This Library of America volume, the first of five of Henry James’s short fiction, brings together his first twenty-four published stories, thirteen never collected by James.
Encompassing a wide range of subjects, settings, and formal techniques, they show the first explorations of some of James’s most significant themes: the force of social convention and the compromises it demands; the complex and often ambiguous encounter between Europe and America; the energies of passion measured against the rigors of artistic discipline.
By his mid-twenties, James was a regular contributor to the most prestigious and popular magazines of his era. He is equally at ease writing historical tales, such as “Gabrielle de Bergerac,” a love story set in pre-Revolutionary France, as he is exploring contemporary events, as in the three stories that treat the effects of the American Civil War on civilians.
James’s psychological acuity is already evident in “Master Eustace,” a study of the ruthlessness of a spoiled child, and in “Guest’s Confession,” where the comic portrayal of an arrogant businessman hints at his cruelty and self-absorption. In “The Romance of Certain Old Clothes,” and “The Last of the Valerii,” James begins to work with the supernatural and fantastic motifs that would continue to surface in his work. Early examples of James’s lifelong fascination with art and artists include “A Landscape Painter,” about a young painter’s attraction to a seemingly simple family living in a desolate coastal town, and “The Madonna of the Future,” where an aging artist avoids the unveiling of his masterpiece.
Adumbrating later triumphs and compelling in their own right, these stories reveal and accomplished and cosmopolitan young talent mastering the art of the short story.
About the Author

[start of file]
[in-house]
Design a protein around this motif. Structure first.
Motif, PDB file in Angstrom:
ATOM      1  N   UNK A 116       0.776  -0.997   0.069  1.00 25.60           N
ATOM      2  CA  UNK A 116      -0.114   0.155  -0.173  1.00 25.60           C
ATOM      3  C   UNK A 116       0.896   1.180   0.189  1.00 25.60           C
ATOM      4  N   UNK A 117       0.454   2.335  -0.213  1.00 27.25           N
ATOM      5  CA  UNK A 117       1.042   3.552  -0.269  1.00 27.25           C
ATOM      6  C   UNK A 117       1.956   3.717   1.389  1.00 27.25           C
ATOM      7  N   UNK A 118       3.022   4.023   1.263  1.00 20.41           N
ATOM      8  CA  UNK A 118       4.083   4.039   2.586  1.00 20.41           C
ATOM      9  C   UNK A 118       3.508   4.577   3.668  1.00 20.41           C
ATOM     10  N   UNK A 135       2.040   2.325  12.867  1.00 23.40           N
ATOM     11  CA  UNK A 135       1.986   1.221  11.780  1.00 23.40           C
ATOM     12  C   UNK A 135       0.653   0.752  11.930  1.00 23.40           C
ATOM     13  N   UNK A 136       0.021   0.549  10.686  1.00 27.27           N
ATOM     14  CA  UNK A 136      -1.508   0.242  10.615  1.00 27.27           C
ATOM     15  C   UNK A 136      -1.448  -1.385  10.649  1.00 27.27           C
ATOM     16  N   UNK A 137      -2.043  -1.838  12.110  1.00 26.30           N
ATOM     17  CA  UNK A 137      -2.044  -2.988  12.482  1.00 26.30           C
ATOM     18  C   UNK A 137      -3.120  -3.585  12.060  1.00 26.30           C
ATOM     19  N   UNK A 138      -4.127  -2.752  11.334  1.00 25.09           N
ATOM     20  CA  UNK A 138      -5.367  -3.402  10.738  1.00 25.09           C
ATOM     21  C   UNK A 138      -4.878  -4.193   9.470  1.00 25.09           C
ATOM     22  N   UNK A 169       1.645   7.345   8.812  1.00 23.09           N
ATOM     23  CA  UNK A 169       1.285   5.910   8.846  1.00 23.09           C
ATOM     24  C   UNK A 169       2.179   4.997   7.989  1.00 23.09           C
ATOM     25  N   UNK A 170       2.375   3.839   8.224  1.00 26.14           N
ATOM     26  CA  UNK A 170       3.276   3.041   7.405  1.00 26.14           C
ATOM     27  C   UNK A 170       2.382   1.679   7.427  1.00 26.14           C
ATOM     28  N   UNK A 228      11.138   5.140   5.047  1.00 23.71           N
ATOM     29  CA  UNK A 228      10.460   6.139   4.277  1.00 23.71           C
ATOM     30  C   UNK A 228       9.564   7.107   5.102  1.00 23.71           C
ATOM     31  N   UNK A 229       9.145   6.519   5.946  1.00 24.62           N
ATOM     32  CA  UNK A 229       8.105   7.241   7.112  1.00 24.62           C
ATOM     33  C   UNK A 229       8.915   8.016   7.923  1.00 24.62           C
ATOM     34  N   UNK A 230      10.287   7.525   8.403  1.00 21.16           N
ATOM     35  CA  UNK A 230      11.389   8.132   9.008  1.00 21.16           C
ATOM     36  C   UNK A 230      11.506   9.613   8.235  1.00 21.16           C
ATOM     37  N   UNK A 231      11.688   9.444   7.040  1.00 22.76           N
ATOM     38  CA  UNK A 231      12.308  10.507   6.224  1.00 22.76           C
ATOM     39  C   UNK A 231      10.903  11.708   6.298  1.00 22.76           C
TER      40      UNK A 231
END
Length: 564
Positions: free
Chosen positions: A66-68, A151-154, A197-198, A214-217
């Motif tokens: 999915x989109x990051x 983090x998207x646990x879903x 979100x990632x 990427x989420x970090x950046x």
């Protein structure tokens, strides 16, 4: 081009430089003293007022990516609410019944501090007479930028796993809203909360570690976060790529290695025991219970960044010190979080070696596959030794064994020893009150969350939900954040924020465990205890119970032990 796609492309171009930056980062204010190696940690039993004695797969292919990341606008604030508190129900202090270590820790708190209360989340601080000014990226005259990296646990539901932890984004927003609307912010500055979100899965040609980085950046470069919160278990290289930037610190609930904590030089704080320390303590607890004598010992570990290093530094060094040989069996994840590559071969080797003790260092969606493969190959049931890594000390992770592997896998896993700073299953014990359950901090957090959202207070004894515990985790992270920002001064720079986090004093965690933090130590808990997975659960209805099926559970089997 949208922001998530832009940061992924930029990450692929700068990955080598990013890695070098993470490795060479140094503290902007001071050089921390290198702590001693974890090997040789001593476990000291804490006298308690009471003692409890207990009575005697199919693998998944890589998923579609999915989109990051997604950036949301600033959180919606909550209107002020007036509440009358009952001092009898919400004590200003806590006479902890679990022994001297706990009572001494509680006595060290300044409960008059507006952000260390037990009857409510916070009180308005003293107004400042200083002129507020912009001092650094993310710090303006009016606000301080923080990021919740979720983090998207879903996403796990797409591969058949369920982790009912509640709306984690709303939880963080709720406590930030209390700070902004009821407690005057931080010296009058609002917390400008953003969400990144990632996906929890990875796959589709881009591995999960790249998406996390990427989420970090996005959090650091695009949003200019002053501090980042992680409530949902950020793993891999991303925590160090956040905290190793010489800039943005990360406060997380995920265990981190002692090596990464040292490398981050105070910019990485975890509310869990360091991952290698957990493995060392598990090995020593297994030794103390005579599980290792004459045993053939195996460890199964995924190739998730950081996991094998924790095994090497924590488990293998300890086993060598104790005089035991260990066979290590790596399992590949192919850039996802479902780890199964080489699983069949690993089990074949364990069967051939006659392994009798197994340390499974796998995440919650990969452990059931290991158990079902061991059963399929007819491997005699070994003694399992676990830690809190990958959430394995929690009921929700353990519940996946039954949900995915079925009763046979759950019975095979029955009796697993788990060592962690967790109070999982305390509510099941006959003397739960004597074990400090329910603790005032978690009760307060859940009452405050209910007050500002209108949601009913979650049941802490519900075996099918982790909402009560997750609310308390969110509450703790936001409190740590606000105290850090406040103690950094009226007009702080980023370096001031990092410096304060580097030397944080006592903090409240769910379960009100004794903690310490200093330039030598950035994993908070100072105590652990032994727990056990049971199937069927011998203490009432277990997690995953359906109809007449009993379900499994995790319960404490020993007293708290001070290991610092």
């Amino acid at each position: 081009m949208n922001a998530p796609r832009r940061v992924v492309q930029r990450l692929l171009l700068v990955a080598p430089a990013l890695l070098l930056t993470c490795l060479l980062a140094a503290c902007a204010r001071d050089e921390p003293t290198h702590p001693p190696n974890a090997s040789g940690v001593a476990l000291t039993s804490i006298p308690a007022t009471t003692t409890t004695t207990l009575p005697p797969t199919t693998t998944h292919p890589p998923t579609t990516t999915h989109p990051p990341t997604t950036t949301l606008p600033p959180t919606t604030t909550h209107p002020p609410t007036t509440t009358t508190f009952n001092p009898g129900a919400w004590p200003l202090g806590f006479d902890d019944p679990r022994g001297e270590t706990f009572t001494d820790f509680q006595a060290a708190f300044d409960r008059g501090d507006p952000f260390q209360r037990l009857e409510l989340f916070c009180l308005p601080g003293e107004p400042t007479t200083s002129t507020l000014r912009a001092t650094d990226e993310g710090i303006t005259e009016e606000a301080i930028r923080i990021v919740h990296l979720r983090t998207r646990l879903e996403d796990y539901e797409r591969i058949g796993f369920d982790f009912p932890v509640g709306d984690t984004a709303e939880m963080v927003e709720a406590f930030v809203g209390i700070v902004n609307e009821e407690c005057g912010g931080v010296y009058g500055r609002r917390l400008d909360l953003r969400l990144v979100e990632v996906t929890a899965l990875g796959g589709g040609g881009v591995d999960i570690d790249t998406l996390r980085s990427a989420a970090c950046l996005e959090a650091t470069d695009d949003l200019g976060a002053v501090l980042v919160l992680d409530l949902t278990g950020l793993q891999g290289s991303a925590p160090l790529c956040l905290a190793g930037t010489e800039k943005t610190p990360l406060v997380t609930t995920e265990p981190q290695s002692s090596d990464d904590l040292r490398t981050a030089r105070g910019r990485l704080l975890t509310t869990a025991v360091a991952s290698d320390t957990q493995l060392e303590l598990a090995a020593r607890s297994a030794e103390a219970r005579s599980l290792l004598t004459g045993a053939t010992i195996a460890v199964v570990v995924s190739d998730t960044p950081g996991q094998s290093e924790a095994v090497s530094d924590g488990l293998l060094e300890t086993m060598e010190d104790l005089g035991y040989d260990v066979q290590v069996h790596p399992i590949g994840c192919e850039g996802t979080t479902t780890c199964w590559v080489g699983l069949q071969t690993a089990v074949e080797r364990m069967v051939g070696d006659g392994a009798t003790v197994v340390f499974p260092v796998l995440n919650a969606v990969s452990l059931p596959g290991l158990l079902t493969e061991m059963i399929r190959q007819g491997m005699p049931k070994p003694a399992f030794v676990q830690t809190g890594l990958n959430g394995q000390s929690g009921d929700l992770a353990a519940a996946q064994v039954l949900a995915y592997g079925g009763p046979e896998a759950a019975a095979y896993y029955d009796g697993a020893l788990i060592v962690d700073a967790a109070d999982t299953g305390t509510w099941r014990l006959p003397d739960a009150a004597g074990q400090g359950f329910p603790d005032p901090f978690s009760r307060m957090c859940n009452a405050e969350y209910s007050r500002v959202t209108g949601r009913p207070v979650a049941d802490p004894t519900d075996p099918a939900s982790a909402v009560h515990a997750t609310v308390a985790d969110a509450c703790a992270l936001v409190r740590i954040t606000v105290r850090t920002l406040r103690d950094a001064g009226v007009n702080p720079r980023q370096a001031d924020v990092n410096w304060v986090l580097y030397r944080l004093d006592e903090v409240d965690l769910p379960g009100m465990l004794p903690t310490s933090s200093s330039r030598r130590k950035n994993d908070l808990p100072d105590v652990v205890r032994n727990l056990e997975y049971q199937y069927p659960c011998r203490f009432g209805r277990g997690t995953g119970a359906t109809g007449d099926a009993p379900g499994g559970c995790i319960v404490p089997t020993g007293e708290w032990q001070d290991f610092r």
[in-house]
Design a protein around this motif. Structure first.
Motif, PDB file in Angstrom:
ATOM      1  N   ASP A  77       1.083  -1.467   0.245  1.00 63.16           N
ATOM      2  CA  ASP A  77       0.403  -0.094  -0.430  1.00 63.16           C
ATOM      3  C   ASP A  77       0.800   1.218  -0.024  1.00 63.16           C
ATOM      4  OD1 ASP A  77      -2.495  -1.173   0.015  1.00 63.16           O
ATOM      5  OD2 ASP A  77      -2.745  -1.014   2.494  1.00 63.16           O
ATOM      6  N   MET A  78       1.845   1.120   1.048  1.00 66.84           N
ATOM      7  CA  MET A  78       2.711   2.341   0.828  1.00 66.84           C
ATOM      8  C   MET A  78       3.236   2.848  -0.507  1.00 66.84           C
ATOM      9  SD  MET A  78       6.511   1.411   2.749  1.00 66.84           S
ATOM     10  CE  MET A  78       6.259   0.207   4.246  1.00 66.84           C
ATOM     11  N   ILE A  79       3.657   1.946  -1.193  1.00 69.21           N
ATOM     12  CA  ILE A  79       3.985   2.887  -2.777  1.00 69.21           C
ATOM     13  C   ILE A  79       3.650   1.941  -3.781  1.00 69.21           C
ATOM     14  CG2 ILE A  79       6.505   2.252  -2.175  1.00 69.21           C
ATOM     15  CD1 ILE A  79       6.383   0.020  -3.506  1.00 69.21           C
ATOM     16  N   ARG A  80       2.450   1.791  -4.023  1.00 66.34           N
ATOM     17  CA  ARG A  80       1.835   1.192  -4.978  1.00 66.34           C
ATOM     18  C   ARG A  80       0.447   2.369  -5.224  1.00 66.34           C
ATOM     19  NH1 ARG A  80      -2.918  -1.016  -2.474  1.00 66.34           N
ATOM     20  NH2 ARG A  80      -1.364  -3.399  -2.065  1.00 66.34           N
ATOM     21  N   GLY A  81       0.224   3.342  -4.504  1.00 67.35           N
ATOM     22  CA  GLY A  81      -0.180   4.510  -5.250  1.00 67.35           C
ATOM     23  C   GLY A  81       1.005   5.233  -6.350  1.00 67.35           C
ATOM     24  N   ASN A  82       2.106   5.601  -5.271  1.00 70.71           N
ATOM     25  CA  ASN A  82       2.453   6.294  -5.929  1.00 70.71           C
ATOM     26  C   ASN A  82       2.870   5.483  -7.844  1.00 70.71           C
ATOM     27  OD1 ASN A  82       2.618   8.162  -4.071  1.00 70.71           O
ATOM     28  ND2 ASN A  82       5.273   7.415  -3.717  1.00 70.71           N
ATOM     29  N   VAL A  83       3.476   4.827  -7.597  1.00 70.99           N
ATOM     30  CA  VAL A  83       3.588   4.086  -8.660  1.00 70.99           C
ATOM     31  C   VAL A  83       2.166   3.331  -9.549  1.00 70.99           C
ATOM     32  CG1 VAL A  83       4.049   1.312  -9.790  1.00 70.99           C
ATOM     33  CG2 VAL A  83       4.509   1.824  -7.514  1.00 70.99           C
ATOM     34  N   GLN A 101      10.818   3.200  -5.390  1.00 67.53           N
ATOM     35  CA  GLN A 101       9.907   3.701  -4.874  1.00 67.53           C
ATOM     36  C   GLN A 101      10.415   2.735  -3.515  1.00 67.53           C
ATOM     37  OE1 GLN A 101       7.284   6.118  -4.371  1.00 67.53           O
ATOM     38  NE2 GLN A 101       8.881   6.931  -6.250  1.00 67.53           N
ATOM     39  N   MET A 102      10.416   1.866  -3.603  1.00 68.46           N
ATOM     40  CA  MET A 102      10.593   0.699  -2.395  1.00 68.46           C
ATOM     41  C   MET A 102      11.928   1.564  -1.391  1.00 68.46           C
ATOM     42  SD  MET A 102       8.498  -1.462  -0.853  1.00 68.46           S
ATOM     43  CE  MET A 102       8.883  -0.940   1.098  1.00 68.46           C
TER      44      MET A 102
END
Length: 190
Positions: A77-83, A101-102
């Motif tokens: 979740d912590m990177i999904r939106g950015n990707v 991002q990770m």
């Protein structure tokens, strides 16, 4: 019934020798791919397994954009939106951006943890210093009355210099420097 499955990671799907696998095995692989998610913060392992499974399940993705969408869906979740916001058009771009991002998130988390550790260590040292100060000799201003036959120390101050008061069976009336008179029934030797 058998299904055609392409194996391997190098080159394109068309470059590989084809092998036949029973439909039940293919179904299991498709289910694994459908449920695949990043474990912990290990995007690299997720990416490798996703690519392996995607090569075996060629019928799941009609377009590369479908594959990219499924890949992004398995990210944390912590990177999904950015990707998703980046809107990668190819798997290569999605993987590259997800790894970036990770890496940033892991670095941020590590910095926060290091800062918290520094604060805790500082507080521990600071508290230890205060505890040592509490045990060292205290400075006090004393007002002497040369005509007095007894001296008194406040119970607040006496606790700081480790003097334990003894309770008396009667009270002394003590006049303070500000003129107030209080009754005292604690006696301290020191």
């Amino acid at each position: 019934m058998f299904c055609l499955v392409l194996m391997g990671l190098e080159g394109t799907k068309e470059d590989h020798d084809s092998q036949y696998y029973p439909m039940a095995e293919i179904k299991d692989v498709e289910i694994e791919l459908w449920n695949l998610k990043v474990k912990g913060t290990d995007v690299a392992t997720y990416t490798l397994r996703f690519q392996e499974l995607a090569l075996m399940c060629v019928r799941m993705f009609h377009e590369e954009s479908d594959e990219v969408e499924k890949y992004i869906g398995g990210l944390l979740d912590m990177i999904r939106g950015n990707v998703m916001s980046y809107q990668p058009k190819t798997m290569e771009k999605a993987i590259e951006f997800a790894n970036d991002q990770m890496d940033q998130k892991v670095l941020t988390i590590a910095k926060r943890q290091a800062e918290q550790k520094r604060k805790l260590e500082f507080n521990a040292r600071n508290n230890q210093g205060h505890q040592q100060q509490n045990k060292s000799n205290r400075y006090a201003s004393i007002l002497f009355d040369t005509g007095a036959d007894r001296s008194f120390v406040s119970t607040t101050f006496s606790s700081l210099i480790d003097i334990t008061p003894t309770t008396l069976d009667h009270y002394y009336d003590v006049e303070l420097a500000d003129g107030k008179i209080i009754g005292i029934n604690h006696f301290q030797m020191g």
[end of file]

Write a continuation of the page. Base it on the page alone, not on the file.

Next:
In 1869, and then in 1872-74, he paid visits to Europe and began his first novel, Roderick Hudson. Late in 1875 he settled in Paris, where he met Turgenev, Flaubert, and Zola, and wrote The American (1877). In December 1876 he moved to London, where two years later he achieved international fame with Daisy Miller. Other famous works include Washington Square (1880), The Portrait of a Lady (1881), The Princess Casamassima (1886), The Aspern Papers (1888), The Turn of the Screw (1898), and three large novels of the new century, The Wings of the Dove (1902), The Ambassadors (1903) and The Golden Bowl (1904). In 1905 he revisited the United States and wrote The American Scene (1907).
During his career he also wrote many works of criticism and travel. Although old and ailing, he threw himself into war work in 1914, and in 1915, a few months before his death, he became a British subject. In 1916 King George V conferred the Order of Merit on him. He died in London in February 1916.
Date of Birth:April 15, 1843
Date of Death:February 28, 1916
Place of Birth:New York, New York
Place of Death:London, England
Education:Attended school in France and Switzerland; Harvard Law School, 1862-63